Leaks often occur when foundations have shifted. Because we are built on sand here on the Island, it’s relatively rare to have a failed hydrostatic test as foundations move less on sand. In the case of a failed test, the next step is to find where the leak actually is. That test is slightly more involved, but still not dangerous to the system. An Isolation Test is what should be scheduled next, and this test finds the actual source of the leak. It’s smart to have a different plumber perform this test to eliminate the possible suspicion of an intentional failed test to get more business (as the isolation test is far more expensive).
The entire inspection/hydrostatic test takes roughly 20 minutes. Like a ninja in the night, you may not even know they were there! Our local plumbers are knowledgeable, true professionals who are happy to answer your questions or concerns.
Note: This test typically costs around $85, and only a licensed plumber is to perform this inspection.
Did you know? A hydrostatic test is DIFFERENT than a static test. They are sometimes accidentally interchangeably used in casual conversation regarding the plumbing inspection, and there’s where some confusion can occur in terms of whether pressure is put on your system during a hydrostatic test. A STATIC test is what indicates pressure, and you can do it yourself – it’s a gauge that you can purchase at any hardware store that you screw on to your hose bib. Then, turn the water on and the gage will tell you how much pressure it is outputting. Don’t let a static test be confused with a hydrostatic test.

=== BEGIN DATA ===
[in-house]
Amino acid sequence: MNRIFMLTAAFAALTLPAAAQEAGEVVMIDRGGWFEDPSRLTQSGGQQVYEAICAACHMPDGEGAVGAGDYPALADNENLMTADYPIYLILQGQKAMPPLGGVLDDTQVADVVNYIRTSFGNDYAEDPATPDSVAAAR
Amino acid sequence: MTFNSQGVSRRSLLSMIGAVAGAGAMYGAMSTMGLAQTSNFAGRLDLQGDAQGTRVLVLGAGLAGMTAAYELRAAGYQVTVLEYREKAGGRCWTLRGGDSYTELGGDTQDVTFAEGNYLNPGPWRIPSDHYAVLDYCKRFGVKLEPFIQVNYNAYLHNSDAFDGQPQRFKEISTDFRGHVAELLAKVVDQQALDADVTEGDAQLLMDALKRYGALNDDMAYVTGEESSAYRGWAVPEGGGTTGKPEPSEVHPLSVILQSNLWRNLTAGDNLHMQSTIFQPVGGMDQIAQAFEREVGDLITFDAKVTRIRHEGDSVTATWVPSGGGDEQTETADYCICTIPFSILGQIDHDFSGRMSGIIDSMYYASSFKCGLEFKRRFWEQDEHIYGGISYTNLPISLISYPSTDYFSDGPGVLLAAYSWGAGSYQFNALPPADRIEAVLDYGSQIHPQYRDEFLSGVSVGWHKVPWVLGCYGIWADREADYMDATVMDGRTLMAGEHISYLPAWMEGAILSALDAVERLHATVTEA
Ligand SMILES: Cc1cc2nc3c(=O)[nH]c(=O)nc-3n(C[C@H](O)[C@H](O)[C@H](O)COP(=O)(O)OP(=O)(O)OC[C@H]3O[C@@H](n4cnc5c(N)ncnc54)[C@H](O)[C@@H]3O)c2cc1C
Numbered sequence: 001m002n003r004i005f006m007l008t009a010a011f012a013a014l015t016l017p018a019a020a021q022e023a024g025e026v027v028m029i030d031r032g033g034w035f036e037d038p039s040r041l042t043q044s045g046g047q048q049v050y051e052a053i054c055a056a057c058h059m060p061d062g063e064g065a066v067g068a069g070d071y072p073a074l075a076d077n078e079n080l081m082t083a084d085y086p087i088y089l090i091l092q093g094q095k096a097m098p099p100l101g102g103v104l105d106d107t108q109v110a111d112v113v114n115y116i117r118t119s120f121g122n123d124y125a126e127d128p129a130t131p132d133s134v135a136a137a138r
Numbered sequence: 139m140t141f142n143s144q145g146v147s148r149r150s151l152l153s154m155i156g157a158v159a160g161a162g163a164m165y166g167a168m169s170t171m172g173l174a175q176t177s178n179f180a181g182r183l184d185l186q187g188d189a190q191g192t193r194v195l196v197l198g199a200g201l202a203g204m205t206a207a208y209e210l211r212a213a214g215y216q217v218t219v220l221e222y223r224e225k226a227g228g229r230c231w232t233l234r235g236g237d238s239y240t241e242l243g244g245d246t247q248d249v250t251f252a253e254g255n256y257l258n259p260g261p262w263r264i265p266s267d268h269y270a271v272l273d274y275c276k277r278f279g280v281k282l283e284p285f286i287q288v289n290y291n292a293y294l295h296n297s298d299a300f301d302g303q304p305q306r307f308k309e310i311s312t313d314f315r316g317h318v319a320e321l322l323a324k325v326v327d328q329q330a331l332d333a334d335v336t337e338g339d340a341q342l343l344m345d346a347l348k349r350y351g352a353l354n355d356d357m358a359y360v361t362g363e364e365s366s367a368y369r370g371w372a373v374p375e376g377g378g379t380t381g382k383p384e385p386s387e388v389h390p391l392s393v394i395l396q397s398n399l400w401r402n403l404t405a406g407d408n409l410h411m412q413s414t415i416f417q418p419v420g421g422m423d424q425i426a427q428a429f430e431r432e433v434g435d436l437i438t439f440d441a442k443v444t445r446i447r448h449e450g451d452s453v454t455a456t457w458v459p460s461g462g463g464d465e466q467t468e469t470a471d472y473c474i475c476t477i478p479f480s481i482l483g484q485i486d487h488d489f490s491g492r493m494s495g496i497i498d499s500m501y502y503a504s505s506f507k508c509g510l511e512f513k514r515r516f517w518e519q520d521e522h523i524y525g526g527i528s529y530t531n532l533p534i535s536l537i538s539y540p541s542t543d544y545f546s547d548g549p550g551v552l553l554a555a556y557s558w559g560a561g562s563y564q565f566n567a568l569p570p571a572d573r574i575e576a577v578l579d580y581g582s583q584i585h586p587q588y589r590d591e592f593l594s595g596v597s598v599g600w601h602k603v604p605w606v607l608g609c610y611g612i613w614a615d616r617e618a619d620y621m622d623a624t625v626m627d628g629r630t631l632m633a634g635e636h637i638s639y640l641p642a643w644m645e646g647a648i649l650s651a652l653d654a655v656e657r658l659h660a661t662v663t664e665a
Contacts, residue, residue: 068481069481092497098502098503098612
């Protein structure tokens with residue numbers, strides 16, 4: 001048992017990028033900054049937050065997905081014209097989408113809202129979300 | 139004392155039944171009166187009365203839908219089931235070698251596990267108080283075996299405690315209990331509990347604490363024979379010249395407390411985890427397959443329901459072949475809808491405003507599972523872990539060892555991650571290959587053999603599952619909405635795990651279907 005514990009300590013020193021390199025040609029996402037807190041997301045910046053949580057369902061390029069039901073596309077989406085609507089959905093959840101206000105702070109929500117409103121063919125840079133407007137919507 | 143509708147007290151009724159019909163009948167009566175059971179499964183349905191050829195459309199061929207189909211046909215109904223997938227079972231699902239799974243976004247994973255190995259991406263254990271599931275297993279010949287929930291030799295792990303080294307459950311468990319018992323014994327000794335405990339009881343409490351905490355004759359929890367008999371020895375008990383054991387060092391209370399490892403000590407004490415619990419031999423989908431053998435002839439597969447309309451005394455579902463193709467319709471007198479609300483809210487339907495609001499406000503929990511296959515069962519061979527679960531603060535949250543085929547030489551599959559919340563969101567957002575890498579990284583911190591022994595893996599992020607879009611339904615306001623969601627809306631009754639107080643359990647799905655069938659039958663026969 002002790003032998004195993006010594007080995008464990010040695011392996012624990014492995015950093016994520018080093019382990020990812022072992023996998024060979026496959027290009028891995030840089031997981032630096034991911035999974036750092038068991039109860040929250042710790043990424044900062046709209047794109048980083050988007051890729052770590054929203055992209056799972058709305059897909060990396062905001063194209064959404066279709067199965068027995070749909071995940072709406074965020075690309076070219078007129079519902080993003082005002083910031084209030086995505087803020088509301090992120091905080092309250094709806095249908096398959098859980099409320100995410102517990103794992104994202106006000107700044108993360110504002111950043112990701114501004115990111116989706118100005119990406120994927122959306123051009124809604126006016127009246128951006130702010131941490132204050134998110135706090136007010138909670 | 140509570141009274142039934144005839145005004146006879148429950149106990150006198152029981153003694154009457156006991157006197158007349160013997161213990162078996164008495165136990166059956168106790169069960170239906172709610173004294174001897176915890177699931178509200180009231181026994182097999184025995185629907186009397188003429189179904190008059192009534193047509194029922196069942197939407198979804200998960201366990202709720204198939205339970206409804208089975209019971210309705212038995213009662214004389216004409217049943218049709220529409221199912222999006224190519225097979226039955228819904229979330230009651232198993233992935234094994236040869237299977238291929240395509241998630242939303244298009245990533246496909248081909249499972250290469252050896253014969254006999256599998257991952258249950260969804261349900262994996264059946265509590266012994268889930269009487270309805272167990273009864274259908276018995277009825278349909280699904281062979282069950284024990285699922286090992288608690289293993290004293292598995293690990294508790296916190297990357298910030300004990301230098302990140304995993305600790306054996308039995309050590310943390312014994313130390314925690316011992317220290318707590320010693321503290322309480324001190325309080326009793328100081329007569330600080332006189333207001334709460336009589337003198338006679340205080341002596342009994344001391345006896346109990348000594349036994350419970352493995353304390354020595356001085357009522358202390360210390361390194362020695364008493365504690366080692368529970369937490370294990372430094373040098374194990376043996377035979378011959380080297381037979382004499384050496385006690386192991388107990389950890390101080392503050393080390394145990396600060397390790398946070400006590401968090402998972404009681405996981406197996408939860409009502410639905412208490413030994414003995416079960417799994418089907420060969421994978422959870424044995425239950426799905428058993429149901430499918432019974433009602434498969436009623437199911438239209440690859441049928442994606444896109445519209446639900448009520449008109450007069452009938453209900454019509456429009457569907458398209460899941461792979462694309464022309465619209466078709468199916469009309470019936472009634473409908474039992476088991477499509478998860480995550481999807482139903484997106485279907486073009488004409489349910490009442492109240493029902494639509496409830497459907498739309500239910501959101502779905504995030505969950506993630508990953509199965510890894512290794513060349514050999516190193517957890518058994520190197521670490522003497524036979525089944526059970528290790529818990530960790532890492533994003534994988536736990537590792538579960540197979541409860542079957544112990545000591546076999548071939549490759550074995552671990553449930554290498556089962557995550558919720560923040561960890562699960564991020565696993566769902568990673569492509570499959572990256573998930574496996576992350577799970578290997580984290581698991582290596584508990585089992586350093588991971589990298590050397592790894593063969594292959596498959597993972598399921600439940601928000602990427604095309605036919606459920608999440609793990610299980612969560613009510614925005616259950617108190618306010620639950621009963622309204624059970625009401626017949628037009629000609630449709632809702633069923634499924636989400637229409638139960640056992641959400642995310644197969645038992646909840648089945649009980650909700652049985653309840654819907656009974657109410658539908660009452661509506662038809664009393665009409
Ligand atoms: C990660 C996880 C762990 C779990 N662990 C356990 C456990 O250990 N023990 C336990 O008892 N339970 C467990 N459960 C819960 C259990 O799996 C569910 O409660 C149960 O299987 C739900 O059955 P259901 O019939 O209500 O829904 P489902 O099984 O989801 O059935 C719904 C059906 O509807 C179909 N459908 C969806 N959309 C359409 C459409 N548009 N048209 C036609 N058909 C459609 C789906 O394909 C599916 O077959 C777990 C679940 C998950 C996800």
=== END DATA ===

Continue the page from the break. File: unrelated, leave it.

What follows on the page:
Here on the Island, we all speak one common language, and that is FOOD! It’s something that since the beginning of time has brought people together – we have holidays for food, special rooms in our home for making food and eating food, and food is a very universal topic of conversation.
For those of you who are familiar (or, rather, unfamiliar) with Dine Downtown, this event, hosted by Marina Arts, went on from January 18th-31st. It featured some of Corpus Christi’s best restaurants who were able to offer a three course value-priced menu. Residents bought tickets, dined, had a wonderful time, and were able to check out local eateries they may not have been to prior.
It was such a huge success, that Island resident, Debbie Noble, is bringing this concept right to our front doors! But her model is slightly different.
Sponsored by the Padre Island Business Association and the Padre Island Moon, Noble is bringing us together to break bread. This is the first restaurant-type event the Island has ever seen. Restaurants all over the Island have signed up to offer unique three-course dining experience at value price. This does not include beverages, tips and taxes.